Blackberry should stop trying to be Apple.

When I was working on the UK’s best known computer magazine I wanted to be a motoring journalist. Those around me all had similar affectations.
Written by Simon Rockman, member blogger


When I was working on the UK’s best known computer magazine I wanted to be a motoring journalist. Those around me all had similar affectations. They wanted to write about music, travel, food, arts. We might have enjoyed what we did but there was always something else we wanted to be.

Companies are the same. They might be great and successful but they always aspire to be someone else. Particularly if they get a taste of that something.

And this is the problem for Blackberry. Here was a company which built the phones its founders wanted to use. Mike Lazaridis described himself as “A Focus Group of One” and they built excellent products. Features were added “Because I want it”. Devices that suited suits. Corporate America beat a path to their door and much of the rest of the world followed. They succeeded in getting secure systems into major companies. Something Nokia had tried at and failed. When the mobile world spelt “security” WTLS and the internet world spelt it SSL, the internet world won. That RIM got something new into the most conservative IT systems in the world is an incredible achievement. It’s so secure I’ve heard tell of spooks, those who trust no-one, using it.

The devices built on this, although I mourn the loss of the jog dial from the very earliest of Blackberries, the UI was super-productive, all the features are still there. Using T to get to the top and B to the bottom, intelligent use of the space bar in email fields to generate full stops and @.

Nothing does email like a Blackberry, it’s quick and efficient. Even when Microsoft tried to do to BES with Exchange Server what it had done to Netscape with Explorer the guys from Canada came out on top and for a very good reason: they had a good product.

Then 14 year old girls found how Totally awesome LOL   BlackBerry Messenger was. These were users who not only used text and BBM as the prime means of communication, they didn’t even configure their email.

The timing for this was perfect. Blackberry had long ago won all the corporate and governmental users it was going to reach and the small business market was starting to go the same way. Growth which have been accelerating wasn’t going to do so any more, but come the teens and that was masked by being the new cool device in the playground. We ended up in the ironic position of senior executives asking for iPhones and their daughters wanting Blackberries, and as much as the executives IT carers and the networks lamented the iPhones limitations on security and signalling they had to give in.

This however isn’t a long lasting position. Executives will drift back to the devices which make them more productive. A keyboard is. Angry Birds is not.

Worse, teens are fickle. Today’s Uggs are tomorrow’s Crocs, and technology falls out of favour every bit as much as impractical footwear.

It’s put Blackberry into the bind it is in today. Instead of building the best possible email device, RIM went after the new users. Pink Pearl anyone? Then trying to fix all the things that made a Blackberry not an iPhone. Buying the company Torch to have a less-crap browser, The Storm and 9800 making a pigs ear of touch.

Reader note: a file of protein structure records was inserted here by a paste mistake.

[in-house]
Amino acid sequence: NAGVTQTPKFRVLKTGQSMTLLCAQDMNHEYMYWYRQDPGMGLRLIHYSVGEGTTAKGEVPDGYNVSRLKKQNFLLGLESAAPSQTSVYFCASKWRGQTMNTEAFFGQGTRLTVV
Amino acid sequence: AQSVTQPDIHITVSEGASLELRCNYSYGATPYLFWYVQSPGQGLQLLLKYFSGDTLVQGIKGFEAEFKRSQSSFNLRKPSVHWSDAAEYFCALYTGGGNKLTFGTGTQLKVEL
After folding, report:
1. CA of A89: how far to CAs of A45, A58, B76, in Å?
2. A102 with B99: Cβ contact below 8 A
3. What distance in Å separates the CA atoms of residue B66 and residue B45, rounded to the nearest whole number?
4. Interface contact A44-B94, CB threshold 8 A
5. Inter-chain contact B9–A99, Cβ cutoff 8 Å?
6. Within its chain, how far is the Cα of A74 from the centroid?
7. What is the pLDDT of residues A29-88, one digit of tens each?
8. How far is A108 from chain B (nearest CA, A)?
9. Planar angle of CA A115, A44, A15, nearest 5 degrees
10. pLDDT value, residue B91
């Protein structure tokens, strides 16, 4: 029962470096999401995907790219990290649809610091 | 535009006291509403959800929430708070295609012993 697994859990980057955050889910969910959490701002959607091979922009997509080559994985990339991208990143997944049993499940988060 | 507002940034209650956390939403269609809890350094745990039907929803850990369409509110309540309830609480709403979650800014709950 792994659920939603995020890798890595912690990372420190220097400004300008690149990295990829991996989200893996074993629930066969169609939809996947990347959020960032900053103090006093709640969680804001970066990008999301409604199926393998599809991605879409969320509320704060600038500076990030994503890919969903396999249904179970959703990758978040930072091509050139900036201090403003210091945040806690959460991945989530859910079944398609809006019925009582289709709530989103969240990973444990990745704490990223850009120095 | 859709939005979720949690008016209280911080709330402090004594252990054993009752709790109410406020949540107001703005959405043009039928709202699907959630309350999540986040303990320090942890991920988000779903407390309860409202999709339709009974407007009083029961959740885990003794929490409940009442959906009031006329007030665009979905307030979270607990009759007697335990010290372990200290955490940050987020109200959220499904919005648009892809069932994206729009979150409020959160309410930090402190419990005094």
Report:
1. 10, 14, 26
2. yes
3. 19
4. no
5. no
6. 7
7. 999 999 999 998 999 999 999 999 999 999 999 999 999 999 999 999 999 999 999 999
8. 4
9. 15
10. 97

One thing you may have noticed about Mike Lazaridis is that he is not a 14 year old girl. The principals of “Because I want it” are not the same as those of “because I’m worth it”, and we ended up with marginalised phones.

Like my writing friends RIM wanted to be something else, to be Apple with tablets, entertainment products and music. It’s not right for the company. The Java-based platform is dreadful for games. Look at Bejewelled on a Blackberry against an iPhone or ‘Droid and the quality of the animation is so poor it affects the gameplay.

Deep down RIM is in an enviable situation. Unlike all the Android manufacturers it has some very special core technology and product differentiation. There is a real reason why you’d by a second one rather than flip-flopping between a Motorola, HTC and Samsung. For RIM there is all that security and the guiding hand of company IT departments and this must be seen as the solution for the current woes.

When I say “this” I mean both RIM’s position of strength and its rivals position of weakness. First Blackberry must go back to building devices which compromise everything else to do email well. Not compromise email to do other things in a mediocre way. Remember first generation Blackberrys didn’t even do voice. Perhaps they should even go back to black and white and use e-ink. Rather than trying to be an iPhone they should be something an iPhone is not: a device with a week’s battery life.

Second they should abandon the teen market before it abandons them, and do it in a smart way. Licence BBM to one, just one, Android manufacturer. Make it expensive, charge them ongoing costs for running the service as well as an up-front royalty. But who could refuse? Offer it to a company which isn’t a great rival in North America, and I’m thinking Sony (Ericsson) here. For both companies it could be market-moving. All those teens who will abandon their Blackberry anyway and are trying to make The Big iPhone Android Decision will jump away from Apple and yet Blackberry still makes money from it. To an Android phone maker with only brand as a USP it becomes a massively competing reason for the teens to buy their phone over anyone else.

Sticking to your knitting is always a wise move. Perhaps that is why, two decades on, I’m still writing about IT.

Simon Rockman

Simon blogs about phones and accessibility at Fuss Free Phones

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